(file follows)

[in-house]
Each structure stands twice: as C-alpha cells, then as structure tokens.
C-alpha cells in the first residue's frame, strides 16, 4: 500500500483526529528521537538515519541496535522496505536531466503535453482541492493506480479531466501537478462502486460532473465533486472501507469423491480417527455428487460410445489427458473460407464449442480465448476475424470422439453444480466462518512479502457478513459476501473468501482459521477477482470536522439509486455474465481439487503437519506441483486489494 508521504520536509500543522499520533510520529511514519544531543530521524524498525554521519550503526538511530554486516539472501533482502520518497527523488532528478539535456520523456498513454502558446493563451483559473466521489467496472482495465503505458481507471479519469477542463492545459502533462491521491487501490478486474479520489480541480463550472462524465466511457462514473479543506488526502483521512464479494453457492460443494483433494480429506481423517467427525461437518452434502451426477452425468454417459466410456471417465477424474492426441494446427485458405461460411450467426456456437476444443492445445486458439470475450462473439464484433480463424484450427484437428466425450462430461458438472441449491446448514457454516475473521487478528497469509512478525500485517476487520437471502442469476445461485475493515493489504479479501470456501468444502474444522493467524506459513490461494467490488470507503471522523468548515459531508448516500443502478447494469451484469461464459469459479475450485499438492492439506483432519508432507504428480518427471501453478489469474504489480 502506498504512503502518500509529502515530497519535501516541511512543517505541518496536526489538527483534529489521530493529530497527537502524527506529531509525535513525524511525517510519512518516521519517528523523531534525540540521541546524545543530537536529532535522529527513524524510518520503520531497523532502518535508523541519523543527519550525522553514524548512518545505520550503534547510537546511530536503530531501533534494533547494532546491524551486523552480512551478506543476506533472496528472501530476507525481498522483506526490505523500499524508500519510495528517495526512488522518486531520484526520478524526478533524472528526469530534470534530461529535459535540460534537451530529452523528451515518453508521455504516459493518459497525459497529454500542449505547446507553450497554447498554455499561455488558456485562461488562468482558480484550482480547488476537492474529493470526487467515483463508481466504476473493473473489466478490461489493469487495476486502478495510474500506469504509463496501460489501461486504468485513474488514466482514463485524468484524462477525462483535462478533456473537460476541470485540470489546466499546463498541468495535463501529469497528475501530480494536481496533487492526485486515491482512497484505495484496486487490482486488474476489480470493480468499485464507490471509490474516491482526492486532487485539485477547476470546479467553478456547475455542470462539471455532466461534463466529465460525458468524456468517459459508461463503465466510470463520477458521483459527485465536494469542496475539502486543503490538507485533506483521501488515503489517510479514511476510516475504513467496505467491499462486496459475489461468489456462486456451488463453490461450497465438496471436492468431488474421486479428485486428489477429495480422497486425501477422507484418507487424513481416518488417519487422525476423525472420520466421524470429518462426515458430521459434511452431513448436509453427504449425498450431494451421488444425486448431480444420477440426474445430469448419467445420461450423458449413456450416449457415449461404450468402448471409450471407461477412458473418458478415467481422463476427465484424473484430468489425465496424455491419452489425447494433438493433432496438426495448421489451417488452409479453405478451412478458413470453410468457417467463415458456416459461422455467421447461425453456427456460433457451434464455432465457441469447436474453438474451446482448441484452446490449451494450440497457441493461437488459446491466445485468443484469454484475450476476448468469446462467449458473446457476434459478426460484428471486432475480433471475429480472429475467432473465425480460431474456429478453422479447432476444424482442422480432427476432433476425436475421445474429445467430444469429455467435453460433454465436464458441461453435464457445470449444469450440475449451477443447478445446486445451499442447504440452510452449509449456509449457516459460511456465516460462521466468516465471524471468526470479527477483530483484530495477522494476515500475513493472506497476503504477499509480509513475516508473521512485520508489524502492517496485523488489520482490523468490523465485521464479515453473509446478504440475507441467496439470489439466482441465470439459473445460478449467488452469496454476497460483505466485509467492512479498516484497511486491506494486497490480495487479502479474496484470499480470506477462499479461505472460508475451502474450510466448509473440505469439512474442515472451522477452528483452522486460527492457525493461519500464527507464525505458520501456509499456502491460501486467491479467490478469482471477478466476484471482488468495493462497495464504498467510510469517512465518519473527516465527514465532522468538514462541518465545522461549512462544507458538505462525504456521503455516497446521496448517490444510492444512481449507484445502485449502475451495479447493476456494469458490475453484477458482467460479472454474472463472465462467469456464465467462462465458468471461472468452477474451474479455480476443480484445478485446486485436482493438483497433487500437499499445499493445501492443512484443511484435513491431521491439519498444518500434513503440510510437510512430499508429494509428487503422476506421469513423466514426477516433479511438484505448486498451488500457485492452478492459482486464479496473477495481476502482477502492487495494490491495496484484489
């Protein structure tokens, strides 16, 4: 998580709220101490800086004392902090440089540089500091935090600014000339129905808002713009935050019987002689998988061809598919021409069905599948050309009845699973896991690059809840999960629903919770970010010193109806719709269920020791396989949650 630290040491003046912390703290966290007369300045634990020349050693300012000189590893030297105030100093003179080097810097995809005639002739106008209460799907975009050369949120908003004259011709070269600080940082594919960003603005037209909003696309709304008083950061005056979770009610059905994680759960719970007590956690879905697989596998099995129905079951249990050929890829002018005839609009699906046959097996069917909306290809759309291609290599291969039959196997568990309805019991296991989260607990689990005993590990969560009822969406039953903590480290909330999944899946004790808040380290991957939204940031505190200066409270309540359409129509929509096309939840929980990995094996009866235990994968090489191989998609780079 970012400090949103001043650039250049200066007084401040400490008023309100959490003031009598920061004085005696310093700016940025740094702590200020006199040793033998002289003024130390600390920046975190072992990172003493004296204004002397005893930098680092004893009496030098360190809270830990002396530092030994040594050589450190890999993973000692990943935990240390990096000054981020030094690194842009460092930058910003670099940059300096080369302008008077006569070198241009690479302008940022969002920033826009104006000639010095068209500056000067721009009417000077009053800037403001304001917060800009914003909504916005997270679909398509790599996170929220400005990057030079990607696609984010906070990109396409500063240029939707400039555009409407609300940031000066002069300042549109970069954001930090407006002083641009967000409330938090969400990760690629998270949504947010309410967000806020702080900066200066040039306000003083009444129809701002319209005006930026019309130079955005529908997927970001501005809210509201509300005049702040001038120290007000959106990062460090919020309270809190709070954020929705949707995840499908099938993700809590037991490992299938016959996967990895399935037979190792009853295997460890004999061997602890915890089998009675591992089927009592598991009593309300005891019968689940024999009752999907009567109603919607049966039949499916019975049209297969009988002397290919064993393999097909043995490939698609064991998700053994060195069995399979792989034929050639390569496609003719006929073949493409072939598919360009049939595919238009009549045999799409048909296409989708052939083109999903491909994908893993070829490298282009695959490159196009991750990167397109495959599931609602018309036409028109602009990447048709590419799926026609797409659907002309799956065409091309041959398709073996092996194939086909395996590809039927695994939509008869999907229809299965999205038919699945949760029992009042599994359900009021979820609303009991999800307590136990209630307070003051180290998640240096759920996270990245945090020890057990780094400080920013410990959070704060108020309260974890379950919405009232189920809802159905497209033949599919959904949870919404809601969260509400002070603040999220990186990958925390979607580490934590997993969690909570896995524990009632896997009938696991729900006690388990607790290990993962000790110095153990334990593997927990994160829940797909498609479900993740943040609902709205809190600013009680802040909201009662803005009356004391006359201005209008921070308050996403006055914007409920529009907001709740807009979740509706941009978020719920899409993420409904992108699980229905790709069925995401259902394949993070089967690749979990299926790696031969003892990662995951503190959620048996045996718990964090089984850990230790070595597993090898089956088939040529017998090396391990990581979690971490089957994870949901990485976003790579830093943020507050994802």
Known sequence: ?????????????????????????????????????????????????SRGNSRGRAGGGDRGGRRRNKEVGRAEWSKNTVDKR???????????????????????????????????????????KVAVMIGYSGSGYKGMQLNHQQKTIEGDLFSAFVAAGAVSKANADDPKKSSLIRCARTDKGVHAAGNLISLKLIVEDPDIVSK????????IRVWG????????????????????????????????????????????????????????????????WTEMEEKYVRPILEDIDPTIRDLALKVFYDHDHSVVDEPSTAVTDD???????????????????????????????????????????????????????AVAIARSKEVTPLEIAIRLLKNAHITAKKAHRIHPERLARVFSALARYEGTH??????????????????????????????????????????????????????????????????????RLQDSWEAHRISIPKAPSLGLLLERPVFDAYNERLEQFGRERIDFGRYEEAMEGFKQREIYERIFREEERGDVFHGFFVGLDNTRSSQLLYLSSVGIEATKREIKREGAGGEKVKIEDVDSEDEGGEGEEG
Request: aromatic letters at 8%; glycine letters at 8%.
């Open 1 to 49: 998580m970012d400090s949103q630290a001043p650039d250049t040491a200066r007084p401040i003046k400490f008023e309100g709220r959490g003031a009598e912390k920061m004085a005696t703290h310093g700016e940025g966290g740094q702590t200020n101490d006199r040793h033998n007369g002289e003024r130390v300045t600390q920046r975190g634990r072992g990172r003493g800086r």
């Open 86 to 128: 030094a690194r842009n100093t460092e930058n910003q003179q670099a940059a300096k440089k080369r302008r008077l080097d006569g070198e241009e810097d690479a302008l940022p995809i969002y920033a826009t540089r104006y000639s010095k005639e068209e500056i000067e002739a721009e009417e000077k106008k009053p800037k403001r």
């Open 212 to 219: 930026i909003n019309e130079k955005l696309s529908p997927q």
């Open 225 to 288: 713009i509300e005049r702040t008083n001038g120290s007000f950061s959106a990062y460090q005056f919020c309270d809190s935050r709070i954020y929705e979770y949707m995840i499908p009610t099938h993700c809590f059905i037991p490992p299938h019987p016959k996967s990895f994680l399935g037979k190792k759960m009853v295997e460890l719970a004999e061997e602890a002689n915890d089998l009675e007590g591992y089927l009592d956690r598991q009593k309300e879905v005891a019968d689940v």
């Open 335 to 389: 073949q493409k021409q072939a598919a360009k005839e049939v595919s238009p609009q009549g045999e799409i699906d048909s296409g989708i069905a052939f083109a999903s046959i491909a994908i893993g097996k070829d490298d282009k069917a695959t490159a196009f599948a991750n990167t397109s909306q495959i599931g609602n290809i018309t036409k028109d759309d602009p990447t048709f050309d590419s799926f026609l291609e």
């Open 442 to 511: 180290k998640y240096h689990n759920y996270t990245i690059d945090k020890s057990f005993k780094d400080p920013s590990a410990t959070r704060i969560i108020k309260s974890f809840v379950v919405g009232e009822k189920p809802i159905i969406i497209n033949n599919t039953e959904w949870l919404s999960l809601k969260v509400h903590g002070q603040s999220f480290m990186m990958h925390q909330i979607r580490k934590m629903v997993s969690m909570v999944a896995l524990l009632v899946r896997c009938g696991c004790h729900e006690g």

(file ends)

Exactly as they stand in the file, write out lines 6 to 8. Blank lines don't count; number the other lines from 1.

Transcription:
Request: aromatic letters at 8%; glycine letters at 8%.
């Open 1 to 49: 998580m970012d400090s949103q630290a001043p650039d250049t040491a200066r007084p401040i003046k400490f008023e309100g709220r959490g003031a009598e912390k920061m004085a005696t703290h310093g700016e940025g966290g740094q702590t200020n101490d006199r040793h033998n007369g002289e003024r130390v300045t600390q920046r975190g634990r072992g990172r003493g800086r």
């Open 86 to 128: 030094a690194r842009n100093t460092e930058n910003q003179q670099a940059a300096k440089k080369r302008r008077l080097d006569g070198e241009e810097d690479a302008l940022p995809i969002y920033a826009t540089r104006y000639s010095k005639e068209e500056i000067e002739a721009e009417e000077k106008k009053p800037k403001r």